Most importantly, participants were able to successfully learn, recreate, and navigate the layout and the trajectories, after only 45 minutes of training on the tablet. We quickly noticed that participants had more trouble learning one of the trajectories despite similar design and length of these two trajectories. When analysing the results, it turned out that when participants were trained on this harder trajectory, they had no issues with the easier one, but this did not also happen if participants would be trained on the easy trajectory. The only difference between the two groups was that participants trained on the hard trajectories took longer to navigate these than the easier trajectories, and that they spent less time off track on the untrained trajectories than the group trained on the easy trajectory. There was a moderate negative correlation between performance scores and reconstruction of the mazes for the latter group, which was, however, not significant. Collectively, these results indicate that having a clearer mental image of the basic layout of a space might be beneficial for navigation when exploring difficult trajectories that one was not familiarized with, and that taking more time to navigate harder trajectories might improve performance.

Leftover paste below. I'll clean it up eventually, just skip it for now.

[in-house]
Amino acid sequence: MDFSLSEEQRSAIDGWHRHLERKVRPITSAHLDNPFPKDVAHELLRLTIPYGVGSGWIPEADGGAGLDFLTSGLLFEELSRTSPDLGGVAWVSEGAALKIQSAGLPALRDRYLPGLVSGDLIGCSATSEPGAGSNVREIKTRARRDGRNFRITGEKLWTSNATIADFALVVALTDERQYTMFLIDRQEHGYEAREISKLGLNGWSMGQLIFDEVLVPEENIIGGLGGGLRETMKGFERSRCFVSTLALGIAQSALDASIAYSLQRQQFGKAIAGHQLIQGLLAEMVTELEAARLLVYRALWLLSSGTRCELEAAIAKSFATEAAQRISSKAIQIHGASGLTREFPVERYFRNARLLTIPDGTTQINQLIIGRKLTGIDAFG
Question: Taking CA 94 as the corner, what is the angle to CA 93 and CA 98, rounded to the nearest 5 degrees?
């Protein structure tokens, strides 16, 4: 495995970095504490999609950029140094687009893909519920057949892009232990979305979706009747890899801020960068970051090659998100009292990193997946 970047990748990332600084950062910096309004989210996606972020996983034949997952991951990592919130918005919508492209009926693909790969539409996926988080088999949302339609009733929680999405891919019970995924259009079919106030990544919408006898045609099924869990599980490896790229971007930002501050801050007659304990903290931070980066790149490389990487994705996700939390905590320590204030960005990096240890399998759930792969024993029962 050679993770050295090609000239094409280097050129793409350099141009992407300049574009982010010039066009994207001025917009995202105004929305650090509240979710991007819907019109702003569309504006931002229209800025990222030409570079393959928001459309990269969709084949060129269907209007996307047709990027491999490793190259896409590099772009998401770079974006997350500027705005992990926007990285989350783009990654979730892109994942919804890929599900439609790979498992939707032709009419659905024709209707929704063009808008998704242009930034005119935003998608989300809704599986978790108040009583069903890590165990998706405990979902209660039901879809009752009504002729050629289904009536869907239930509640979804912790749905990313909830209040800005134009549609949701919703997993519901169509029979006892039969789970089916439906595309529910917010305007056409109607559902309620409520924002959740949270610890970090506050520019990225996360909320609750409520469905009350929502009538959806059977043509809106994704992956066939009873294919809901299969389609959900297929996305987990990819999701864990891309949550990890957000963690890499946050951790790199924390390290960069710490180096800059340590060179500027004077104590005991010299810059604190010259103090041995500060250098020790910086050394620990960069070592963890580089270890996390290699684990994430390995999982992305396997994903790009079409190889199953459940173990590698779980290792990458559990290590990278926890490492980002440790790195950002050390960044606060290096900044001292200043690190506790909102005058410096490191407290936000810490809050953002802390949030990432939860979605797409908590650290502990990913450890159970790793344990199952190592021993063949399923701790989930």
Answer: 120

Our results have implications beyond the obvious use of digital haptics for the support of sightless navigation, which is the next idea that needs to be validated before actual implementation. The idea that individuals can use haptics to create mental images of objects and places, to manipulate those images in their minds and then transpose them to the real life can open many new avenues for research, education, leisure, and technological applications. Domains such as virtual reality and gaming, online shopping, museum visits for the visually impaired, but also general rehabilitation can be enhanced by digital haptics, which promises more accessibility, user comfort and ease of access through its digital nature. In conclusion, digital haptics is a promising field, and with a little refinement and continued research it could majorly assist our society in proposing solutions to everyday problems with the aim of becoming more inclusive and reducing discrimination.

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Cognitive Neuroscience
Life Sciences > Biological Sciences > Neuroscience > Cognitive Neuroscience
Life Sciences > Biological Sciences > Neuroscience > Sensorimotor Processing > Navigation
Sensory Psychology
Humanities and Social Sciences > Behavioral Sciences and Psychology > Biological Psychology > Physiological Psychology > Sensory Psychology